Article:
• Perceived lower control of workers: When you hire through an EOR, the EOR is the official employer on record, which might lead to a perception of diminished control over your employees. Although you manage the day-to-day activities of your workforce, the EOR handles HR functions like payroll, benefits, and compliance. This division can make it feel like there is a layer between you and your employees, potentially affecting how you implement company culture and internal processes.
  • Permanent establishment risk: Utilizing an EOR can sometimes blur the lines regarding tax obligations and corporate presence in a foreign country. There's a risk that the local authorities might view the EOR’s activities as creating a permanent establishment for your company, thereby subjecting you to local corporate taxes and regulatory requirements. This risk varies by jurisdiction and depends on the level of activities carried out by the EOR on behalf of your company.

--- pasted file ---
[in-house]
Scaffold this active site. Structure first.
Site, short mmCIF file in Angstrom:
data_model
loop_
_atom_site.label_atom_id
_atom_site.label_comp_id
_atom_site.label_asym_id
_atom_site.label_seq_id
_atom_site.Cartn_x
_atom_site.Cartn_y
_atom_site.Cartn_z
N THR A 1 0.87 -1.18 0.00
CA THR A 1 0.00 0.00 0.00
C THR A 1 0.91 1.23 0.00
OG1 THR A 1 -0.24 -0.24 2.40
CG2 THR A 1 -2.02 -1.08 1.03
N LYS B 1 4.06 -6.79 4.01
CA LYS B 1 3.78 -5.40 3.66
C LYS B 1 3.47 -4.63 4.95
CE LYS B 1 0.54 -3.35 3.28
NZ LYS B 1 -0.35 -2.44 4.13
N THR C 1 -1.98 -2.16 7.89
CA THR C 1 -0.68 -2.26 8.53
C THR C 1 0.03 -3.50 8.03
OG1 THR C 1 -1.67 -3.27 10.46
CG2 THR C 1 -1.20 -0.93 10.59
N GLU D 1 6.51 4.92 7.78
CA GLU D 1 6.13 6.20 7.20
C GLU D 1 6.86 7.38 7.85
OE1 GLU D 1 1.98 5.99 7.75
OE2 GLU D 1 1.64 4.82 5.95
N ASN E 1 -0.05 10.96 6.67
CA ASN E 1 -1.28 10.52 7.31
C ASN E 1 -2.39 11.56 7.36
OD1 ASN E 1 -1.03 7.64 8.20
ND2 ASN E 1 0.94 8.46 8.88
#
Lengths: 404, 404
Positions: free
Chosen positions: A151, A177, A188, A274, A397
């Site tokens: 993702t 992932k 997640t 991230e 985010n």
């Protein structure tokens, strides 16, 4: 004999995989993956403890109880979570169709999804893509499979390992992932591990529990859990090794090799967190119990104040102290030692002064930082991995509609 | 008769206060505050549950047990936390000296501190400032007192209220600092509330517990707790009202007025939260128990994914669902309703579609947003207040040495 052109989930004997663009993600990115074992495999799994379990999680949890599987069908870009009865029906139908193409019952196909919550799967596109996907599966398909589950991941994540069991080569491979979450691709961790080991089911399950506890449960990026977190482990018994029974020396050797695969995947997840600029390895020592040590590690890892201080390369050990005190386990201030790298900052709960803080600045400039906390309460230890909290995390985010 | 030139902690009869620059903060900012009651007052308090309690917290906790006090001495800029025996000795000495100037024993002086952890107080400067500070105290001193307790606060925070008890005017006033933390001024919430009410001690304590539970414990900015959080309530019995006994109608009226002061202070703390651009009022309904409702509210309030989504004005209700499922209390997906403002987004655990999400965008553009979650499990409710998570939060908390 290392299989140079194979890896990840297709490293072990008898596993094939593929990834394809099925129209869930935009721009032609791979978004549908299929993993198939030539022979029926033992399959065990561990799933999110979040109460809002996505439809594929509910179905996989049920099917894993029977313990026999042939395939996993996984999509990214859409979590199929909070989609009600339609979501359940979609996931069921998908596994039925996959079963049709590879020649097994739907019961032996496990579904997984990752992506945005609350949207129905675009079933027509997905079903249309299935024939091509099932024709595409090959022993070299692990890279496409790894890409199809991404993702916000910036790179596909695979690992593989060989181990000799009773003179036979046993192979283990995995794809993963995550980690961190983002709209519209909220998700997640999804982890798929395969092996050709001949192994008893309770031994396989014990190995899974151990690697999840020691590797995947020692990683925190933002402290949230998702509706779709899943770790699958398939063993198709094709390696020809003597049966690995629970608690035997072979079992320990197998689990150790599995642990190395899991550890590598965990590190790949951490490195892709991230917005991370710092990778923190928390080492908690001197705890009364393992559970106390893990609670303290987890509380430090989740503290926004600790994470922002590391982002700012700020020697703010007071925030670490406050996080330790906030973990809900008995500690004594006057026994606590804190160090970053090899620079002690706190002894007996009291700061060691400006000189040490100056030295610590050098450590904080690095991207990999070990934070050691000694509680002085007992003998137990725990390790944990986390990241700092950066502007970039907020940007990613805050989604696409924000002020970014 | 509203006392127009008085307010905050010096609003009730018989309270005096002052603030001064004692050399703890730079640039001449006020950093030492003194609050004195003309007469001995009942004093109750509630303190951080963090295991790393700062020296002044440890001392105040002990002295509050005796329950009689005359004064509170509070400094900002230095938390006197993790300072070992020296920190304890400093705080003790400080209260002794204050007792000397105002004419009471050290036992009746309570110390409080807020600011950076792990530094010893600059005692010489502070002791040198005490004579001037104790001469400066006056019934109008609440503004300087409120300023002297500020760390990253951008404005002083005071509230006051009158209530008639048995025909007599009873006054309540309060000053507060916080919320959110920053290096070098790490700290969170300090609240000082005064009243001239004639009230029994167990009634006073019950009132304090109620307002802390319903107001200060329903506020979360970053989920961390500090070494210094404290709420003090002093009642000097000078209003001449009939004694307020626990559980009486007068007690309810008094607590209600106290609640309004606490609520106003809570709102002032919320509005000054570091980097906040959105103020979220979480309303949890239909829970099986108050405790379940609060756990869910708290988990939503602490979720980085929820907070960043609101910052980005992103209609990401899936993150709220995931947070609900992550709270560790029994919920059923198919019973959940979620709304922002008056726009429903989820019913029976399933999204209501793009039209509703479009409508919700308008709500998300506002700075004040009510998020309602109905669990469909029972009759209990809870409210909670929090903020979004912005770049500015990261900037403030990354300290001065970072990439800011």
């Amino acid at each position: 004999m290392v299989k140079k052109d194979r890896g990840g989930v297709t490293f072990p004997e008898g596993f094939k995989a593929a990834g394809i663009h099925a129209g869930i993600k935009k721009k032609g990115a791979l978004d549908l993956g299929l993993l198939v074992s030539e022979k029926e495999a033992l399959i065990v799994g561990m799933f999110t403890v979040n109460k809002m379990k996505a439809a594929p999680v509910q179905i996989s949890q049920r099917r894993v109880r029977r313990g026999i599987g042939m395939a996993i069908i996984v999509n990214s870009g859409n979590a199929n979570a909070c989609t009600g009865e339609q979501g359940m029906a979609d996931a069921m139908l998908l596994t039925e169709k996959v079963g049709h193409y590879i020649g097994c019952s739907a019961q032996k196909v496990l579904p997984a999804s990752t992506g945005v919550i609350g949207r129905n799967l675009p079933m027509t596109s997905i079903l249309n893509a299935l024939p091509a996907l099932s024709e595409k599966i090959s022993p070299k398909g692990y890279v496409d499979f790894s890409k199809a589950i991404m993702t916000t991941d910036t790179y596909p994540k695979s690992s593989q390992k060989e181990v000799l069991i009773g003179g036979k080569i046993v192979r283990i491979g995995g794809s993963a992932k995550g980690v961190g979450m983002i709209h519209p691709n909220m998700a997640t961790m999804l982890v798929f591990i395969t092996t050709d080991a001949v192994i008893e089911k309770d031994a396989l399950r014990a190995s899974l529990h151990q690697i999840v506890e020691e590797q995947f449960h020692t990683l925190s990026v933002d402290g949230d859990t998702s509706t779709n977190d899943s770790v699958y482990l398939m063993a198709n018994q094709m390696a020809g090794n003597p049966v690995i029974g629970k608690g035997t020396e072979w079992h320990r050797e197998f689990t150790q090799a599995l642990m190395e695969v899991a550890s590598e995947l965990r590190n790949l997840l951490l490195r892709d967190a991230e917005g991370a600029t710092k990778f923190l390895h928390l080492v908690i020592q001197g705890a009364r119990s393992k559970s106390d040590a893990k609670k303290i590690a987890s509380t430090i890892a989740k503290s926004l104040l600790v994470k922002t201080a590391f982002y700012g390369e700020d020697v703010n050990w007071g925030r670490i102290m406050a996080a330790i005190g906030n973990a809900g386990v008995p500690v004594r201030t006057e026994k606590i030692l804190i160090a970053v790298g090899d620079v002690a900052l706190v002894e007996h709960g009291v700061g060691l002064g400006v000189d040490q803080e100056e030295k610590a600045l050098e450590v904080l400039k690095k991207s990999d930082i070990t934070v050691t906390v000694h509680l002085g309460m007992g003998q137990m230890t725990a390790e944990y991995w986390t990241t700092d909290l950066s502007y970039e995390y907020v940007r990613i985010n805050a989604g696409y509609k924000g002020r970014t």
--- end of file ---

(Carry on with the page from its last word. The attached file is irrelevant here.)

• Inflexibility in number of local hires and length of employment: EOR solutions may limit the scalability of your operations. Certain EORs may impose restrictions on the number of employees you can hire through them due to permanent establishment concerns, or they may set limits on the duration of employment contracts. Such constraints can hinder your ability to scale operations flexibly, especially if your business undergoes rapid growth or requires workforce adjustments based on project demands or market changes.

2 Types of EOR

1. Partner dependent EOR

A Partner Dependent EOR, or third-party EOR, leverages local entities or third-party providers in the countries it operates instead of owning its own legal entities. This approach allows the EOR to quickly extend its reach across different regions, handling local employment laws, payroll, and HR tasks through trusted partnerships.

In this model, the EOR counts on its partners to ensure everything from tax deductions to compliance with local labor laws and management of employment contracts runs smoothly. This method can be a faster, more cost-effective way to expand internationally without the complexities of setting up multiple international entities. However, it also means relying on the partner's expertise and dependability.